Born into an agricultural family in rural Satara, Sharad is all too familiar with the issues farmers of the region face. After his Masters degree in agriculture, he joined a multinational agrochemical company as a technical officer. Two years later, he started a consultancy for large farm development and maintenance, targeted at non-professional farmers such as businessman and landlords.
Soon, he began getting requests from small and marginal farmer groups who also were looking for similar technology-based solutions. “We did a detailed study of their farming practices, analysed their requirements and understood that 95 percent of these small farmers faced problems due to lack of the right kind of information and support. They usually work alone [and] without any resources. So we thought of starting a system that supports, connects and helps farmers during the entire crop cycle -- from sowing to marketing of the produce. We are available 24 hours and are just a click away.”
Today, Agroson has a strong technical wing, a good rural network, and a well-equipped training facility where its personnel can demonstrate safe and sustainable farming techniques to farmers.
Explaining how it works, Sharad says, “After a farmer registers with us, we survey the farm and make crop plans, factoring in resources like the atmospheric conditions, soil quality, irrigation, labour, crop loans and other market conditions. Then we help the farmers execute this plan, make observations and maintain records for them. We also help them trade the produce at fair prices. Our technical and farm services and trade facilities have resulted in more yield, easy operations, better prices and an assured market for the farmers.”
No wonder that the feedback has been positive in a state that has become synonymous with farmer suicides. “Farmers are very impressed with us and satisfied with our services. They value our technical advice and suggestions,” says Sharad.
With a presence in eight taluks across three districts in Maharashtra, Agroson currently has 100 commercial clients and 1,200 general farmers using its services. Its client list includes Sahyadri Sugar Industries, Trilok Foods, and the NGO, Vishwtej Foundation. Sharad envisages expanding Argoson’s reach to cover all districts in Maharashtra and neighbouring states as well.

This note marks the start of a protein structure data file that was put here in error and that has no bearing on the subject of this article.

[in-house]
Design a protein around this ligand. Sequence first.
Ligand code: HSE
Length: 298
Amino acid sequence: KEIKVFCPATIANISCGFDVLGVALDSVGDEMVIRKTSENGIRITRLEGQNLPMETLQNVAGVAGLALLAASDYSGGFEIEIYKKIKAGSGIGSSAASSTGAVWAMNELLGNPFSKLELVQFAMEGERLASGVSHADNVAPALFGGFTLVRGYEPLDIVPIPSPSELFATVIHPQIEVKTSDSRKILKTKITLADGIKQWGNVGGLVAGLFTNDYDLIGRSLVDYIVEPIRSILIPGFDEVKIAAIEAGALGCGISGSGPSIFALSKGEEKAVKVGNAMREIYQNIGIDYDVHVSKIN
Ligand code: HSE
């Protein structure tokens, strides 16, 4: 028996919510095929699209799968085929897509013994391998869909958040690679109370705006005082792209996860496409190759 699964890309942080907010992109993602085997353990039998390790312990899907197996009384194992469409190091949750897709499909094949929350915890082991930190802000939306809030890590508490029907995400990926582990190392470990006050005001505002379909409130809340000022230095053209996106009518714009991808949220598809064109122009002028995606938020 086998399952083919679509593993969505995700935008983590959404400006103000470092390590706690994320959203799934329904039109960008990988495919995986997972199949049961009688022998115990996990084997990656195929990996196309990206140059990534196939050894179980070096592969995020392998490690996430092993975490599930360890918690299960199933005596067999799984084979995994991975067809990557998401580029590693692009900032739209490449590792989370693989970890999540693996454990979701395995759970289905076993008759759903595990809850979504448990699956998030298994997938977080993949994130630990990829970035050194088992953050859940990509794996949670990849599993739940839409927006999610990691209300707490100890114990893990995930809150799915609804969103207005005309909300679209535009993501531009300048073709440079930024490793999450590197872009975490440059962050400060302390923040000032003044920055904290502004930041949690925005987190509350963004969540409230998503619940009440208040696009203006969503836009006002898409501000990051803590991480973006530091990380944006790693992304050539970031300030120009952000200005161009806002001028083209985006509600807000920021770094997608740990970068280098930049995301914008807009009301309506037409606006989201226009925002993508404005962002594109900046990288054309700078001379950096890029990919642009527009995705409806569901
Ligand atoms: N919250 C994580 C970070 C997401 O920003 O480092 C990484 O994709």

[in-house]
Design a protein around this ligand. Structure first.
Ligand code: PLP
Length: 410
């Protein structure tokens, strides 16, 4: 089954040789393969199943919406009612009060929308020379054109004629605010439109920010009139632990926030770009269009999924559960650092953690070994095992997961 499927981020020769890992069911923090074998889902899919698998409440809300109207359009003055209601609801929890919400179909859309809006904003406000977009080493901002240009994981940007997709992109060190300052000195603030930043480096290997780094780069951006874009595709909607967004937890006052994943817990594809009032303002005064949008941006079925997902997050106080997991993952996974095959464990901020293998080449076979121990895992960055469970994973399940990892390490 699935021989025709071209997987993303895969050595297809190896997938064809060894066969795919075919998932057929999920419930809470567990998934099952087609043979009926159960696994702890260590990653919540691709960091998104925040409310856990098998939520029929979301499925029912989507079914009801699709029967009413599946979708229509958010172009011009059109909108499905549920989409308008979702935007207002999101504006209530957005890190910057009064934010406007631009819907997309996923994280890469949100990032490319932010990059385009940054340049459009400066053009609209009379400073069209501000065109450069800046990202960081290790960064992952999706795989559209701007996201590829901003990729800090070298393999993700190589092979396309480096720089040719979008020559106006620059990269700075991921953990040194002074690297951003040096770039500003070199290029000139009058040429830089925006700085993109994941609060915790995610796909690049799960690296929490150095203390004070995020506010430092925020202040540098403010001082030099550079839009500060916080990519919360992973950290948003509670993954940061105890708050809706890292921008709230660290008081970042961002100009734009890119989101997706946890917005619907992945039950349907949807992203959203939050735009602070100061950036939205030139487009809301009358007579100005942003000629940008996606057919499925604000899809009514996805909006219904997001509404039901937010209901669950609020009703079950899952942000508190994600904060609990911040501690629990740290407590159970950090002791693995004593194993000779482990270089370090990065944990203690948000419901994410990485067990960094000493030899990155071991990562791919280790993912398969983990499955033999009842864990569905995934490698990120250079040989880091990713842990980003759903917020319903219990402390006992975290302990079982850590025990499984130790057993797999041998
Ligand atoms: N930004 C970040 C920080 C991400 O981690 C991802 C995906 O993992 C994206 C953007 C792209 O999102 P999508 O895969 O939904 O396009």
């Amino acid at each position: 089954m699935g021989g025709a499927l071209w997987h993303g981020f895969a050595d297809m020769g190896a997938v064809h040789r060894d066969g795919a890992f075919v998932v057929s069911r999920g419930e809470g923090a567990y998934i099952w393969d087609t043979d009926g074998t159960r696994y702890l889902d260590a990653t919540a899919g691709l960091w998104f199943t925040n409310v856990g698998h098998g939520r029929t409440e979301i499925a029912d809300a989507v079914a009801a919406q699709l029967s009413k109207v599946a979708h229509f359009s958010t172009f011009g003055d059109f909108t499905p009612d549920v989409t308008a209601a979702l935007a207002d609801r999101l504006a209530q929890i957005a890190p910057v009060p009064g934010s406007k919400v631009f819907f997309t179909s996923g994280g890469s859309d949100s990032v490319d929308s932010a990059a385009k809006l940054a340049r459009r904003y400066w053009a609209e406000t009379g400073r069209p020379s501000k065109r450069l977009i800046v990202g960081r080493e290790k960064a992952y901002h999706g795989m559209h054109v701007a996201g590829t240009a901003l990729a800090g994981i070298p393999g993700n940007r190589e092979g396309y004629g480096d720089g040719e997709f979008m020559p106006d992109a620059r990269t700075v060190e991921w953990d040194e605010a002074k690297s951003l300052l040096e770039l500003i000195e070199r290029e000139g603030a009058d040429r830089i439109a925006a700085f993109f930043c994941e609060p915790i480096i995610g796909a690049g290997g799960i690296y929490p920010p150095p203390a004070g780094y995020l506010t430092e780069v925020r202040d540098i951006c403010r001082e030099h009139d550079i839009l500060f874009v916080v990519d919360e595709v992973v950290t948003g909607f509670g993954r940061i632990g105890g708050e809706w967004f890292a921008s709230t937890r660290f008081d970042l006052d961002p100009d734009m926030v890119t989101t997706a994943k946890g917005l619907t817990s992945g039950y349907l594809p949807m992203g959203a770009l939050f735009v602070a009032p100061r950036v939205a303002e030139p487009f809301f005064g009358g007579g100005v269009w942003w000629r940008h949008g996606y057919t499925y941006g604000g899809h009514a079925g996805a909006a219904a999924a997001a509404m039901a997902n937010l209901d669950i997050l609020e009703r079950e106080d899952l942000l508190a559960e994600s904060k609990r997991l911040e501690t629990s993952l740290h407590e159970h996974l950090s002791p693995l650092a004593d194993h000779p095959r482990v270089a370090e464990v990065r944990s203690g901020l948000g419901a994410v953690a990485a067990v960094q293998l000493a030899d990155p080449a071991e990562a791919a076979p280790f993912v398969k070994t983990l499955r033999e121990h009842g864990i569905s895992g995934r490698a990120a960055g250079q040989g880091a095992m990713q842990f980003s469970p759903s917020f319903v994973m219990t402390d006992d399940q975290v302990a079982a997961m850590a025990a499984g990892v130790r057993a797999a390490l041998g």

Agroson’s solution of bringing valuable technology and analytics solutions to the important agriculture sector which is traditionally challenged in terms of digital literacy – has earned it a place as one of the three finalists in the Dell Startup Challenge Season 2. The Startup Challenge is a platform from Dell in association with YourStory for startups to present their business idea to a jury for a chance to win Dell Vostro laptops and Dell technology worth $5,000. Dell is committed to accelerating the increasingly powerful role that entrepreneurs play in driving global economic growth, and wants to empower entrepreneurs by providing them with the tools, technology and resources they need.
Sharad is excited about the future, looking forward to increasing commercial operations and becoming more profitable. But first he wants to strengthen Agroson’s infrastructure and operations for social and non-commercial platforms and, if possible, waive registration fees and offer need-based services to hard-pressed farmers.
He has big plans. “We want to work for farmers who are India’s largest business community, and help them with knowledge and support. We want to connect every farmer and create an information-based network to promote better farming practices in every taluk.”